It's crazy that I had to take the bus from Donegal to Dublin to get this seen to and that the public system is such a joke you can't even get an appointment for over 2 years. My GP retired and the one took over his office is a complete arsehole it's like pulling teeth to get him to give you anything and he's clueless about psoriasis anyway.

    After hearing for so long how psoriasis is incurable and how much the biologics cost I had given up on ever getting relief. I also had a terrible experience around 10 years ago I did manage to get into a derm in Sligo on the public system. After being seen to 2 hours past my appointment time, last in group of about 15, half of whom arrived after me, I was made strip off and sit waiting for the derm while a nurse stared at me (i realized later she was staring at my tattoos not my psoriasis but still). Only to get prescribed the same BS creams at the end of it and so I never went back.

    Hopefully this has a much happier ending. The fact that psoriasis is not on the long term illness list is a diagrace it is chronic and incurable what more criteria could there be? We really need to fight for people to be able to access the meda that work not just throw creams at them and fob them off.


  • #2


    The most you will ever have to pay for medication is €114 per month no matter what the real cost is.
    I gave up on the public system, I have private insurance but at the time I was suffering so much I couldn’t wait any longer so went private. Protopic really does work, not overnight but give it 2 weeks and you will see results. Likewise with Stelaram it’s no miracle but it will work


  • #2


    Are you entitled to a long term illness card for Psoriasis esp if chronic


  • #2


    Finally after 20 years of suffering with this I got to see a dermatologist. I went to Dr. Rupert Barry as another poster recommended and found him very good. I am going to be starting on Stelara hopefully after I go back to get blood work done, and he gave me a script for protopic for my face as well.

    Even though I havent started the meds yet I have noticed an improvement in my skin already, I think it must be because I was so relieved to get prescribed something that may actually work as opposed to stupid steroid creams that do more harm than good.

    It's crazy that I had to take the bus from Donegal to Dublin to get this seen to and that the public system is such a joke you can't even get an appointment for over 2 years. My GP retired and the one took over his office is a complete arsehole it's like pulling teeth to get him to give you anything and he's clueless about psoriasis anyway.

    After hearing for so long how psoriasis is incurable and how much the biologics cost I had given up on ever getting relief. I also had a terrible experience around 10 years ago I did manage to get into a derm in Sligo on the public system. After being seen to 2 hours past my appointment time, last in group of about 15, half of whom arrived after me, I was made strip off and sit waiting for the derm while a nurse stared at me (i realized later she was staring at my tattoos not my psoriasis but still). Only to get prescribed the same BS creams at the end of it and so I never went back.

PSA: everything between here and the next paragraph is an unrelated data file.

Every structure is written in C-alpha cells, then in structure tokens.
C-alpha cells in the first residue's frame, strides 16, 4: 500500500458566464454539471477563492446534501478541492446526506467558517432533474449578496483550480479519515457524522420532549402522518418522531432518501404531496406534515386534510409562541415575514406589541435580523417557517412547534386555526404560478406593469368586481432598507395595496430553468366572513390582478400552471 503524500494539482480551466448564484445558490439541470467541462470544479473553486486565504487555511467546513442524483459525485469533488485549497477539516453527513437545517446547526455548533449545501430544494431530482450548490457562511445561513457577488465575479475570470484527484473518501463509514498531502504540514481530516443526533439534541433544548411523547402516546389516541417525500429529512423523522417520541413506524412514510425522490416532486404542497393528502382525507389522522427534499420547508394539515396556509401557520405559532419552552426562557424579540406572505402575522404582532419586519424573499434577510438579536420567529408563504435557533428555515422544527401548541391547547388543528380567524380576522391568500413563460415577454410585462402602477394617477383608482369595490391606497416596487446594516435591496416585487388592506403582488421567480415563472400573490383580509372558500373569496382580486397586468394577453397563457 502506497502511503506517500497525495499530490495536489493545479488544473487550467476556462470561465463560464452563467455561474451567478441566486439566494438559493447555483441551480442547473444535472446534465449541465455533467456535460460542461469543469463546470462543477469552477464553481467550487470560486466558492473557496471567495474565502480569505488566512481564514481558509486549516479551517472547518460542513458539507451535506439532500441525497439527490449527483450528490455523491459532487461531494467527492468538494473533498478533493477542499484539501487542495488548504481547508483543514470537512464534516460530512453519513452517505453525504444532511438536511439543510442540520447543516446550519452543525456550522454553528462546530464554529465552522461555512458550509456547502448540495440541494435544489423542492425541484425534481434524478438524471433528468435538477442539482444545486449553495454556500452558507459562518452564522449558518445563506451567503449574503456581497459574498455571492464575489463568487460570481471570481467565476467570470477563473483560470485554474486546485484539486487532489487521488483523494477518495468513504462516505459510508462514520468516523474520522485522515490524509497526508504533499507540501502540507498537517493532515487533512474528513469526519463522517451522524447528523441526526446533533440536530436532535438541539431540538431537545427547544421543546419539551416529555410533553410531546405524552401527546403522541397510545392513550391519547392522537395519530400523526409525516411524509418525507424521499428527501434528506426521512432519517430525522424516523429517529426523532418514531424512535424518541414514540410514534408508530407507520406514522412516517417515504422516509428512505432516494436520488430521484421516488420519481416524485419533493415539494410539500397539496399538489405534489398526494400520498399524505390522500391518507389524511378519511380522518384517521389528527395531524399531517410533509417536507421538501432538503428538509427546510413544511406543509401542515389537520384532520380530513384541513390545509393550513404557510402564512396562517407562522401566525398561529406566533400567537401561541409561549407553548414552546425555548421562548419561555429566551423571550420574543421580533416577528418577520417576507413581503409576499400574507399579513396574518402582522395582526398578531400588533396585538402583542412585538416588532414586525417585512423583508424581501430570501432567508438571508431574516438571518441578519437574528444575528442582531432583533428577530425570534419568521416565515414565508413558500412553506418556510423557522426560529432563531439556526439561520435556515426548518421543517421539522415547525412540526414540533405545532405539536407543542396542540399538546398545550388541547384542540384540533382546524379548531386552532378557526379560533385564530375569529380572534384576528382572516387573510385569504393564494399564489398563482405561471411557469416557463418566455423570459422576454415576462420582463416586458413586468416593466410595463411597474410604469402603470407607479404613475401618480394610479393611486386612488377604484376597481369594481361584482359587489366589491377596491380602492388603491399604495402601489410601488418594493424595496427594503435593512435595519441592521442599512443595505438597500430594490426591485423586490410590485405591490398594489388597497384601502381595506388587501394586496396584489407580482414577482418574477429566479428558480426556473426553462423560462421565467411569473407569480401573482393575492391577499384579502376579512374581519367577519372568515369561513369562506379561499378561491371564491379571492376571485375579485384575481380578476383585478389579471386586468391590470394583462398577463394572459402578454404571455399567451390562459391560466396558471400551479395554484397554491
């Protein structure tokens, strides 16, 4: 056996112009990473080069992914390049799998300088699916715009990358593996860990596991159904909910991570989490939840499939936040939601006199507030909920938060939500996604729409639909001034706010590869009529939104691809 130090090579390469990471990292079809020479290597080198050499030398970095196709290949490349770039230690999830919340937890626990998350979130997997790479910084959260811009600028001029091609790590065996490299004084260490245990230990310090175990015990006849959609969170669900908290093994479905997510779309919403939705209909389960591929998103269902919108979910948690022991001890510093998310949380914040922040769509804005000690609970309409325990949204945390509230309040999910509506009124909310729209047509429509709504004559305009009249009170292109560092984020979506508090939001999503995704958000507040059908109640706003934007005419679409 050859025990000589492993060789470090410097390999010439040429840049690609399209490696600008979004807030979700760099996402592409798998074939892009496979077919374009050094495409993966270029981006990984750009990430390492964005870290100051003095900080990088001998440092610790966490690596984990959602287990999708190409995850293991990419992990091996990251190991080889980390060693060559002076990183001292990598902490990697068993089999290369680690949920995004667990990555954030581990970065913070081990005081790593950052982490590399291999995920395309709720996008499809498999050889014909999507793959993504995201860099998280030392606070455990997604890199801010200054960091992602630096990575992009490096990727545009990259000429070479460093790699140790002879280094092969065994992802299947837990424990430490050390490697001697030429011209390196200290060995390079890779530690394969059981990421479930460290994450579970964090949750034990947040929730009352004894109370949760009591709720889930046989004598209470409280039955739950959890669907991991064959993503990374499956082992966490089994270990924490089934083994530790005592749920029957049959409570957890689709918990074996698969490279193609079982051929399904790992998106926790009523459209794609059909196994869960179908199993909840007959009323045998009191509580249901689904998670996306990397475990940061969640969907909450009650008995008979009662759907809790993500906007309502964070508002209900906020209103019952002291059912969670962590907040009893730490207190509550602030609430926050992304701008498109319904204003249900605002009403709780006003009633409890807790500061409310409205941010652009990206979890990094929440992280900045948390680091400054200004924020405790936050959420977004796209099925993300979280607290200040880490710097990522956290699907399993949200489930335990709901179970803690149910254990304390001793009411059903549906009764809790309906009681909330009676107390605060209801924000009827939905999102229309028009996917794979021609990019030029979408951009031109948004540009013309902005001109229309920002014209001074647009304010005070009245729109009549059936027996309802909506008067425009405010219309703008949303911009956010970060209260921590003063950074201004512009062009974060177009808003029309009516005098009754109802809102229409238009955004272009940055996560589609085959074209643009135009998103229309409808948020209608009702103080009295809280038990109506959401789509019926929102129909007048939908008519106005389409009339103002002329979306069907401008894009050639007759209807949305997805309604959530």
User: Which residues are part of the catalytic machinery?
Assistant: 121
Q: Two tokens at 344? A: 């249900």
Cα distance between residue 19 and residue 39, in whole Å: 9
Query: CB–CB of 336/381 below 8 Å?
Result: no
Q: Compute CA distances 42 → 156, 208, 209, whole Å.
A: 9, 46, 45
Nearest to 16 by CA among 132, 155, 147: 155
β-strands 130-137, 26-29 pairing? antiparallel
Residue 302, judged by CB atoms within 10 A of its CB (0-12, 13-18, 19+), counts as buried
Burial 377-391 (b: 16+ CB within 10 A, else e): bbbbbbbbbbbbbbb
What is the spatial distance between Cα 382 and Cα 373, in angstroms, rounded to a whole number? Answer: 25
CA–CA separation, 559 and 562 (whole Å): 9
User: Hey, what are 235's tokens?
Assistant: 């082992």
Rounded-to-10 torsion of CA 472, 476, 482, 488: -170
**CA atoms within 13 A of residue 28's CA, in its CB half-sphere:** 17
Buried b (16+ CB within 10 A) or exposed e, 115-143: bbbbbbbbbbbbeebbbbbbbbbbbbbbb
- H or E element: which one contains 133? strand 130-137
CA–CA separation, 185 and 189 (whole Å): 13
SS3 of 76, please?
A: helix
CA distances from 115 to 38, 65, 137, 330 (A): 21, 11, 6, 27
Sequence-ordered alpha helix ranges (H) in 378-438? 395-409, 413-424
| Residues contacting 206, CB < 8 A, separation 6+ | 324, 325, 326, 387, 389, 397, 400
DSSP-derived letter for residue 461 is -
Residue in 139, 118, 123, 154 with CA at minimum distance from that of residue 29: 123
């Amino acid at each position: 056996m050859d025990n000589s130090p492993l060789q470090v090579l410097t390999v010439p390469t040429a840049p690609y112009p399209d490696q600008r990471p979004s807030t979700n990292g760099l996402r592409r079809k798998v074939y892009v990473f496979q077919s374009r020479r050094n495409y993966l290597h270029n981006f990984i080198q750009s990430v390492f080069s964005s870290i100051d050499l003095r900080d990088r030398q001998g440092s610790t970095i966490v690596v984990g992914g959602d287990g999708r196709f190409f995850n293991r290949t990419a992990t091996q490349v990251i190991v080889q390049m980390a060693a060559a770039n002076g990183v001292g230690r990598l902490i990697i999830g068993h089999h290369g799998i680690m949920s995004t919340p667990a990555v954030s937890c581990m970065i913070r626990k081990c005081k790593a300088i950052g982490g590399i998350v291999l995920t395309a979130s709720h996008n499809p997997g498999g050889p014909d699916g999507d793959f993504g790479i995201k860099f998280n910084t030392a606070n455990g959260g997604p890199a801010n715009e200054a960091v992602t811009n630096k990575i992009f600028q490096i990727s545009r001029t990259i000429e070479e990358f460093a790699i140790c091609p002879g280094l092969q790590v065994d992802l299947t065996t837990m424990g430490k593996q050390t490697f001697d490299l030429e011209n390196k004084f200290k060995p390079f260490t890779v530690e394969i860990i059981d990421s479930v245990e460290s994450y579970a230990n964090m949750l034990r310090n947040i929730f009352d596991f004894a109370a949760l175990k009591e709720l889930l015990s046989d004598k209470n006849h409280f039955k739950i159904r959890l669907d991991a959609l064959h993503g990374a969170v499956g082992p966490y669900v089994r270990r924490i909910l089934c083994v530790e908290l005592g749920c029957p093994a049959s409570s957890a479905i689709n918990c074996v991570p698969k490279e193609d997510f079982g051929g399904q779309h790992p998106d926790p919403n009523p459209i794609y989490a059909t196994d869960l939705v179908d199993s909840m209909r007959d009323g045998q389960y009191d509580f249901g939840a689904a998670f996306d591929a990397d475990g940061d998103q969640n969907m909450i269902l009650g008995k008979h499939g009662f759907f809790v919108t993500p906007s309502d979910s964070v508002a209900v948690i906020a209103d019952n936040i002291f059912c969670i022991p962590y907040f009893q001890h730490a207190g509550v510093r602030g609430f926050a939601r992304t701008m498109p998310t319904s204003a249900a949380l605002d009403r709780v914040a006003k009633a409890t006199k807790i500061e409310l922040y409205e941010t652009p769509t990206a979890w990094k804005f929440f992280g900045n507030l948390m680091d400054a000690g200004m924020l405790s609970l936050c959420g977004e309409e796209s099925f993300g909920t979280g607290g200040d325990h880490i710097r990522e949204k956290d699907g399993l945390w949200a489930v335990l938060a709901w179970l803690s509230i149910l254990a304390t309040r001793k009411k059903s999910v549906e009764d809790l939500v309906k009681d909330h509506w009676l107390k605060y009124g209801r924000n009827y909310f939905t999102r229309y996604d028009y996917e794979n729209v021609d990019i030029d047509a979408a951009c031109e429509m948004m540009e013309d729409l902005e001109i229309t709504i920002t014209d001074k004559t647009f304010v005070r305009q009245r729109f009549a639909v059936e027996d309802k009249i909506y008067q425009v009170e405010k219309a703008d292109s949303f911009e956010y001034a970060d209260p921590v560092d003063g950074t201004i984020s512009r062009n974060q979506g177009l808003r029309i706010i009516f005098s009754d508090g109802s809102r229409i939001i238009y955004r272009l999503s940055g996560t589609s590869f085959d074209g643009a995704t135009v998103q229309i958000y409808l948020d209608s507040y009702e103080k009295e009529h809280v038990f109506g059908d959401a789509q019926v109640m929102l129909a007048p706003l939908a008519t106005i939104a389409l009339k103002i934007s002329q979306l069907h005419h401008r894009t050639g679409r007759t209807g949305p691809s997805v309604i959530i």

Hopefully this has a much happier ending. The fact that psoriasis is not on the long term illness list is a diagrace it is chronic and incurable what more criteria could there be? We really need to fight for people to be able to access the meda that work not just throw creams at them and fob them off.

    I've been on Stelara for 3 years and am basically psoriasis free, fingers crossed for you.


  • #2


    khalessi wrote: »
    Are you entitled to a long term illness card for Psoriasis esp if chronic

    No it doesn’t come under the LTI scheme


  • #2


    Gael23 wrote: »
    No it doesn’t come under the LTI scheme

    Which is a complete joke. It doesn't get more long term than psoriasis. Chronic, incurable, exacerbated by stress, doesn't kill you but doesn't go away. How could it be considered anything else but long term?


  • #2


    Which is a complete joke. It doesn't get more long term than psoriasis. Chronic, incurable, exacerbated by stress, doesn't kill you but doesn't go away. How could it be considered anything else but long term?

    Agreed and the price of some of the meds are crazy, also if left untreated can have profound effects on health including cardiac health.


  • #2


    Which is a complete joke. It doesn't get more long term than psoriasis. Chronic, incurable, exacerbated by stress, doesn't kill you but doesn't go away. How could it be considered anything else but long term?

    Thats the thing though, depending on how severe of a case you have it can cause various other life threatening diseases that could kill you. Not to mention research has shown those who have been diagnosed with moderate to severe psoriasis before the age of 25 have shown to have a higher mortality rate. People forget the inflammation happening internally is going on 24/7 and affects your entire body, eventually over time all that inflammation is going to wear your body down.


  • #2


    Broke out in really bad guttate following a strep throat infection. I have had it twice before, also following strep throat. The only cure for me that worked the other two times was a trip abroad to the sun (the sun in Ireland does feck all, not sure why, maybe not enough uvb gets through).

    But there might be new creams out there that work for guttate, as I’m worried I might not get abroad until August at least and don’t want to spend the summer looking like i have chicken pox/the plague.

    Anyone with bad guttate (all over) used a cream that worked?


  • #2


    An attack of guttate caused by strep troath takes ages to go. It will clear up but it takes its time


  • #2


    Anyone on here suffer from Psoriatic arthritis?

    I had a persistent rash on my inner thigh and scalp area, doctor tried treating it over the phone, thought it was fungal but nothing he was prescribing was working, I eventually went in to see him and said he thinks it's actually a form of psoriasis.